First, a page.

Tenneco's revenue slumped and the company swung to an adjusted net loss in the first quarter as automakers suspended production because of the coronavirus pandemic, the supplier said Friday.
The maker of ride control and emissions systems said first-quarter revenue fell 14 percent to $3.84 billion. The company estimates the COVID-19 crisis affected value-add revenue by $340 million.
Tenneco's first-quarter net loss widened to $839 million from a loss of $117 million last year. The net loss included noncash impairments of $854 million.
Its adjusted net loss was $26 million, compared with income of $42 million in the year-earlier period. Adjusted earnings before interest, taxes, depreciation and amortization dropped 27 percent to $239 million.
Shares of Tenneco were up 15.7 percent to $5.24 in midday trading Friday. Tenneco joins several other major suppliers, including Aptiv, Adient, BorgWarner and Magna, in reporting quarterly earnings this week.
"Tenneco responded quickly to the COVID-19 crisis to protect our team members' health and safety while taking aggressive actions to mitigate the financial impact of the pandemic on the company," CEO Brian Kesseler said in a statement. "We expanded on the structural cost reductions introduced last quarter, and implemented a range of temporary cost reductions including plant closures, deferment of discretionary spending and the reduction of capital expenditures."
The company said about 75 percent of its plants and distribution centers worldwide are operating at various levels of production as of the first week of May, up from a low of 47 percent during the first week of April.
Like other suppliers, Tenneco withdrew is 2020 outlook and said Friday it won't provide full-year guidance because of uncertainty related to the virus pandemic.
The company said on Friday it would suspend or reduce operations, furlough workers, implement pay cuts and reduce capital spending, which would help it save $65 million on a annual run-rate basis by end of 2020. That's in addition to the two-year, $200 million savings plan announced earlier this year.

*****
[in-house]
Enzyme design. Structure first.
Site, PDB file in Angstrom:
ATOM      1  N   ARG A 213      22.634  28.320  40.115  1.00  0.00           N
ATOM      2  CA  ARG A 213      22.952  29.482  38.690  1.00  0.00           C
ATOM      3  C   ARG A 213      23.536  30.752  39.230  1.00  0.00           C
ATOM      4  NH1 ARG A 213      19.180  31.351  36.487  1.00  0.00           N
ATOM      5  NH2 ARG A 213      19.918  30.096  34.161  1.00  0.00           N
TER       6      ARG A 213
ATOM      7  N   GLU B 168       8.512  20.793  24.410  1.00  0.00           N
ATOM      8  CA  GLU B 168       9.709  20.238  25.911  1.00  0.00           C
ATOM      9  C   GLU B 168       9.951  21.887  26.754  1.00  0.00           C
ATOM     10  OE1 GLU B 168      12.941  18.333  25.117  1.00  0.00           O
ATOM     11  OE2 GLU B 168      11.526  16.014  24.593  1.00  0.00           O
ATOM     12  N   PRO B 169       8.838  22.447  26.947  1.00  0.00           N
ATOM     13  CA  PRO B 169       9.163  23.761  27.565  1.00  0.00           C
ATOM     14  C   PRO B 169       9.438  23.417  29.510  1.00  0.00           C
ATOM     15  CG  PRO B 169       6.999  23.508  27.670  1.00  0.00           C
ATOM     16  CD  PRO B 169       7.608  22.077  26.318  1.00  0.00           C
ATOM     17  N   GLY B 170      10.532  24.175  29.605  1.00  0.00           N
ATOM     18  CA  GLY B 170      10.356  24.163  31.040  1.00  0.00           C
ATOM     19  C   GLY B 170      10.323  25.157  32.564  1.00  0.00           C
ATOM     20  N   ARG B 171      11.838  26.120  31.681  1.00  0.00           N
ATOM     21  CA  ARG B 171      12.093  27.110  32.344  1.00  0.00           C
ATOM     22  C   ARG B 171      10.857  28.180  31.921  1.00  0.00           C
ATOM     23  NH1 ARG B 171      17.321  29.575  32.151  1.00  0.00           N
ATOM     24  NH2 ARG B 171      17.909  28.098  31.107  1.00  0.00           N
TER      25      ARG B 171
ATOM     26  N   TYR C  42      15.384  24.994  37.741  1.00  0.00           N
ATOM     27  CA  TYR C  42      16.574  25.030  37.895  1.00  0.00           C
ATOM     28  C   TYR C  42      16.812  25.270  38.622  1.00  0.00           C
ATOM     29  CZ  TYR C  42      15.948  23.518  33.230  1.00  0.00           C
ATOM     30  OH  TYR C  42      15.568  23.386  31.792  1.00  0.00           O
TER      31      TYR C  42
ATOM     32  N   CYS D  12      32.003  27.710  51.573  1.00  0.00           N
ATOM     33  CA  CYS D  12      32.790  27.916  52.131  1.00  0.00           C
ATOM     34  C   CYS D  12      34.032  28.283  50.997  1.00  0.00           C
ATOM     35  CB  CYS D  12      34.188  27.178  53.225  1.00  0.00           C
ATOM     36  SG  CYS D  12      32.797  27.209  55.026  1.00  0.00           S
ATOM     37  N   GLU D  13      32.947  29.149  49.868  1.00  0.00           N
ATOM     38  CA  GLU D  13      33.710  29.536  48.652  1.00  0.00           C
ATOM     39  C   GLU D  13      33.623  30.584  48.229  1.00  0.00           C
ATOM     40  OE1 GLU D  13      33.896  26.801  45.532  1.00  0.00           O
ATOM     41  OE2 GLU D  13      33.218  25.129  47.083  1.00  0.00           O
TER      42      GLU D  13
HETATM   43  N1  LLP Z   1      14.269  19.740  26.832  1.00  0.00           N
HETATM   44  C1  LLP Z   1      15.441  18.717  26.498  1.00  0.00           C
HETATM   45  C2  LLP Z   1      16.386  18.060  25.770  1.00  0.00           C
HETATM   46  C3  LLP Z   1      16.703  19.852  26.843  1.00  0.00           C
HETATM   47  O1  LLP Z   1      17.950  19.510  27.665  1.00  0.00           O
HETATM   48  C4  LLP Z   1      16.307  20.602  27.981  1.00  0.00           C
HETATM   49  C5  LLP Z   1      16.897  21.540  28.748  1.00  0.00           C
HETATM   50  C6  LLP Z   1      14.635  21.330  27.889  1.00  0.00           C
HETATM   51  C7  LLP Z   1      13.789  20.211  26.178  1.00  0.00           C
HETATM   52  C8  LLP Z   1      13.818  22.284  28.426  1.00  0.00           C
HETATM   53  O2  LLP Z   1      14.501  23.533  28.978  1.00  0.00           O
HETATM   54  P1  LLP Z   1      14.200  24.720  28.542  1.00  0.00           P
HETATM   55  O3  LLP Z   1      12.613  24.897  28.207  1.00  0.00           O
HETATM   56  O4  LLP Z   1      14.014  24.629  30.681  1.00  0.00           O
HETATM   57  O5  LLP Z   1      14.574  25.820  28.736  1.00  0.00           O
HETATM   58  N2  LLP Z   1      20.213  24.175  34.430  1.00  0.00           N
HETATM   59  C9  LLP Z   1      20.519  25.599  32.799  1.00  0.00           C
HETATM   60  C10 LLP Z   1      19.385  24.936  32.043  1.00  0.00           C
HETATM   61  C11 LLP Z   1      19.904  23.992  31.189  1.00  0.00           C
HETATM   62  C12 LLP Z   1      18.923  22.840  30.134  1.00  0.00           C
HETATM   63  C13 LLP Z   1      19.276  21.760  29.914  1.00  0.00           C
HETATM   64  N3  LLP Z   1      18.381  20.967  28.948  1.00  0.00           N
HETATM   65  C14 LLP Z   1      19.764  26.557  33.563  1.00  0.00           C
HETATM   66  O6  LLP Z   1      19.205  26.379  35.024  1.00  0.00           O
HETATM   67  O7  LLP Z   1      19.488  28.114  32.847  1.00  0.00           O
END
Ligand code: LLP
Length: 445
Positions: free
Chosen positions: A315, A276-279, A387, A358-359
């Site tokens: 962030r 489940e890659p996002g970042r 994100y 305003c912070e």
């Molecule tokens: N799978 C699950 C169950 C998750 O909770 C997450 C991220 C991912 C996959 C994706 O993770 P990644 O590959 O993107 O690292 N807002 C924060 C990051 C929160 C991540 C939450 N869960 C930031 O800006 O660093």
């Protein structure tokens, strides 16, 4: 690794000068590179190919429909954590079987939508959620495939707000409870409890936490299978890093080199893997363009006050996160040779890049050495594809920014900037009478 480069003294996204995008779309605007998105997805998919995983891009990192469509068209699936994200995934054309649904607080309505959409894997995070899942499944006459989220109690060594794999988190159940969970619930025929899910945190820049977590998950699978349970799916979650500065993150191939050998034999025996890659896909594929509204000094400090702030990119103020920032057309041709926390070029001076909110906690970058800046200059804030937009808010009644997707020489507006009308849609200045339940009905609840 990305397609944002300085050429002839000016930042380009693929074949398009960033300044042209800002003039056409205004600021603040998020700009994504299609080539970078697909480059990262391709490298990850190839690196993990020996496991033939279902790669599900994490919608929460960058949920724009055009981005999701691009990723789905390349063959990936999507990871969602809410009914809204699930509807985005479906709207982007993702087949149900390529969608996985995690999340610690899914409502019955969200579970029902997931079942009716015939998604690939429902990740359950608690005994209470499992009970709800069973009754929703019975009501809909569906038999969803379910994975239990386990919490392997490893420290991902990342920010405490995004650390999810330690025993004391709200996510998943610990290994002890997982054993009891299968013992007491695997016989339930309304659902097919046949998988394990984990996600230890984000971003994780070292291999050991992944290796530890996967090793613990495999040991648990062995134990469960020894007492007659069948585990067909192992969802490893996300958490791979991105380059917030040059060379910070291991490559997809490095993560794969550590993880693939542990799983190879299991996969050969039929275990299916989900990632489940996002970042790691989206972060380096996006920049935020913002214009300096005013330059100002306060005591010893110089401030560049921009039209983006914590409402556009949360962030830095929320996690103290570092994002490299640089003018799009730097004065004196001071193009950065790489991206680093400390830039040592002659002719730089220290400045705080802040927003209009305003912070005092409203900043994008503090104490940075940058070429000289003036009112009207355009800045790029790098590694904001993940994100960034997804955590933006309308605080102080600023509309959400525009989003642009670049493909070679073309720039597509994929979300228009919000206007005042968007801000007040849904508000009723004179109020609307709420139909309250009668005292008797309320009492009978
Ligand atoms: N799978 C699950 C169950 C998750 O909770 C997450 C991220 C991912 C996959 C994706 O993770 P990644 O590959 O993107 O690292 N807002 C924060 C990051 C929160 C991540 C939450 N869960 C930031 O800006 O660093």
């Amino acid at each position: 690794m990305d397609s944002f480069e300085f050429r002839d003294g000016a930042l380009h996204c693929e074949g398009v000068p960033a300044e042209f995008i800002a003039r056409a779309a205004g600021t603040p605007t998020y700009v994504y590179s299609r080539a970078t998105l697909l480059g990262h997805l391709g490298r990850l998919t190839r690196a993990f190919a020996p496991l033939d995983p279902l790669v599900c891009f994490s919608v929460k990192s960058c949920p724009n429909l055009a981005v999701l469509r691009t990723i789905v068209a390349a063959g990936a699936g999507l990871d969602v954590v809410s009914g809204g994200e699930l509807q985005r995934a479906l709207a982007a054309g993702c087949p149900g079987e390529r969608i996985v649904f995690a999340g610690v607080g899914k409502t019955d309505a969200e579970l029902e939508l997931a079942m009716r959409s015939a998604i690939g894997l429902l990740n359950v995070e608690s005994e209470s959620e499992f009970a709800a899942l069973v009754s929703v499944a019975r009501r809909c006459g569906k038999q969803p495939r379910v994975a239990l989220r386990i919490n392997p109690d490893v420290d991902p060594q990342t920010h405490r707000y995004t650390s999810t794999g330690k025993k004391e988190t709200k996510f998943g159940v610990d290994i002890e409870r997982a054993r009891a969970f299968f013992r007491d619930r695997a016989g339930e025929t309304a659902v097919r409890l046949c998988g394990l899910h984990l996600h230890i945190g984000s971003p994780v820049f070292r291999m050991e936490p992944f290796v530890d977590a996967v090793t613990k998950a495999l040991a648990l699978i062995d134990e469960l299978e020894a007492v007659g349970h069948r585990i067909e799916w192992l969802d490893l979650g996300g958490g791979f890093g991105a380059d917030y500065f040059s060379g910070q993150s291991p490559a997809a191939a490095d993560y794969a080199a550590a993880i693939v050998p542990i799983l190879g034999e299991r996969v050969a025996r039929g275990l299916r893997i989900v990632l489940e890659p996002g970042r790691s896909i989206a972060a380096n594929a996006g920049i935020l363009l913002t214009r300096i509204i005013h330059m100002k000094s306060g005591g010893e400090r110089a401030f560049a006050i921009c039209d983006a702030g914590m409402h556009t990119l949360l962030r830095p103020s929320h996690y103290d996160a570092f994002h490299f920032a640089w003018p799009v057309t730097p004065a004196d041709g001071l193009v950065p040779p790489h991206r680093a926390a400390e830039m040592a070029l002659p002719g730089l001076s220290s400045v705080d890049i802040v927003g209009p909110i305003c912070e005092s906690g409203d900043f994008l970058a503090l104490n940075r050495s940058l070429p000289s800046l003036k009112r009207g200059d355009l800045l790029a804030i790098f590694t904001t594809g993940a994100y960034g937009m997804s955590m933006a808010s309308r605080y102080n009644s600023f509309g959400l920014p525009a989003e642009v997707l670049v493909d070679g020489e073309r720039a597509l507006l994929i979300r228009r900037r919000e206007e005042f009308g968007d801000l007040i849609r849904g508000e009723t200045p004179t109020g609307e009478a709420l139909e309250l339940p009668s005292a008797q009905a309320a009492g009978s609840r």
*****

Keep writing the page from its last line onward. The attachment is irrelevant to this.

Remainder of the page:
Tenneco also got some relief earlier this week after its lenders changed the terms of a debt covenant.
"The covenant amendment to our senior credit facility... provides us with additional headroom to operate in the current economic environment," CFO Kenneth Trammell said on a call with analysts.
As of March 31, Tenneco had liquidity of $1.57 billion, made up of $770 million cash and $800 million undrawn on its revolving credit facility. The company said it has drawn the remaining amount available.
The company said it believes it has adequate liquidity to weather the downturn.
Tenneco, whose biggest shareholder is activist investor Carl Icahn, plans to split into two publicly traded companies — one from its aftermarket and ride-performance business DRiV and a new Tenneco, based on its powertrain technology. But it has struggled to separate since the plan was announced in 2018.
The company said previously that market conditions could affect its ability to complete a separation in the midyear 2020 time range.
Tenneco ranks No. 26 on the Automotive News Europe list of the top 100 global suppliers, with worldwide sales to automakers of $10 billion in 2018.
Shares of parts suppliers rallied Friday after stronger-than-expected results suggest the companies may be doing better than feared amid the challenges posed by the coronavirus pandemic.
Besides Tenneco, American Axle and Lear were among the biggest gainers in the sector after all three reported first-quarter results that impressed investors and analysts, though concerns about the second quarter persist. Shares also received a boost on news that manufacturers in Michigan and California may resume operations in the coming days.
The S&P Supercomposite Auto Components Industry Index gained as much as 6.2 percent, while the S&P 500 Index rose 1.5 percent. Valuations in the sector had suffered significantly this year, as investors worried about a sharp decline in car sales and production as people were advised to stay home in order to curb the spread of the COVID-19 infection.
Reuters and Bloomberg contributed to this report.